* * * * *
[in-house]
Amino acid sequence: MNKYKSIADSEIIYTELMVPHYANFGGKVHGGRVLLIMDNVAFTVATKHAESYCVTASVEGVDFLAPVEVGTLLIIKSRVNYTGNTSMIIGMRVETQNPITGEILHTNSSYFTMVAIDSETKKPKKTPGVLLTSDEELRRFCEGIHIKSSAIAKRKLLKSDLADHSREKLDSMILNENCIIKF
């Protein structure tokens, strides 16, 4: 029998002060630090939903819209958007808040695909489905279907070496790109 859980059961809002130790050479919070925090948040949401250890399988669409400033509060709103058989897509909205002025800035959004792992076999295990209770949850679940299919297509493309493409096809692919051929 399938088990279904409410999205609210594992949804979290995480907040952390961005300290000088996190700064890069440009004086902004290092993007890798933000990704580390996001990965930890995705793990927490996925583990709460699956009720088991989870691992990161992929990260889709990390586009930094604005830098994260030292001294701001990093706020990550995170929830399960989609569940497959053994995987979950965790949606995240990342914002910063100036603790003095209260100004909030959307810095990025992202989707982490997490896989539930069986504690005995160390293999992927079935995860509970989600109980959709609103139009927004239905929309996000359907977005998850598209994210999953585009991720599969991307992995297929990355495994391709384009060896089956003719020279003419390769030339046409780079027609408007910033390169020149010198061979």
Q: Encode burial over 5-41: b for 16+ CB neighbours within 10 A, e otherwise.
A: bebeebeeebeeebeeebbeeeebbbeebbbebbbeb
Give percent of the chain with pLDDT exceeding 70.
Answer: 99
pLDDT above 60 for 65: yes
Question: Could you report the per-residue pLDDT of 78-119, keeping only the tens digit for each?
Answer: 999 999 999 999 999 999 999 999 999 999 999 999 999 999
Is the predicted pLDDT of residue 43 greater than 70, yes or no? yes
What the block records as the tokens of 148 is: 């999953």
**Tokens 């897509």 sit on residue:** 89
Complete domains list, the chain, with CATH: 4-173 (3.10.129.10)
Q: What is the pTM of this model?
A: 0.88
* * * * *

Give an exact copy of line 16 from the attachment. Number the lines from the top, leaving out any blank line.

A: 0.88